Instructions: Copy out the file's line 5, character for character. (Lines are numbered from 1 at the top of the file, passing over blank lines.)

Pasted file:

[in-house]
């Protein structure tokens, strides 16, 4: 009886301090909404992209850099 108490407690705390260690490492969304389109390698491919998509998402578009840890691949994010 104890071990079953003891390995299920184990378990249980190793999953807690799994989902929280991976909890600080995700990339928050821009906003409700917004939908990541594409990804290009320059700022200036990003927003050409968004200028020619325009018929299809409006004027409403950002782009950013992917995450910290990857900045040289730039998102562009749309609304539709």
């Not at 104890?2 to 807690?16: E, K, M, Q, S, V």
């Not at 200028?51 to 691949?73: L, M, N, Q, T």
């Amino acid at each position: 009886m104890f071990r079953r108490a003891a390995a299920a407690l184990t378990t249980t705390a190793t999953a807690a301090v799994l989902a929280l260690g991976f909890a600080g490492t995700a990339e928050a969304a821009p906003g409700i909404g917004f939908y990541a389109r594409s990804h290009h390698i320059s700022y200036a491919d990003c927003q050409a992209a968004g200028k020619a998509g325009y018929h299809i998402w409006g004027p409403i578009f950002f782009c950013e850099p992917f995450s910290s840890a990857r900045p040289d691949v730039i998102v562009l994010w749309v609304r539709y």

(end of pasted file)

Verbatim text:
């Amino acid at each position: 009886m104890f071990r079953r108490a003891a390995a299920a407690l184990t378990t249980t705390a190793t999953a807690a301090v799994l989902a929280l260690g991976f909890a600080g490492t995700a990339e928050a969304a821009p906003g409700i909404g917004f939908y990541a389109r594409s990804h290009h390698i320059s700022y200036a491919d990003c927003q050409a992209a968004g200028k020619a998509g325009y018929h299809i998402w409006g004027p409403i578009f950002f782009c950013e850099p992917f995450s910290s840890a990857r900045p040289d691949v730039i998102v562009l994010w749309v609304r539709y």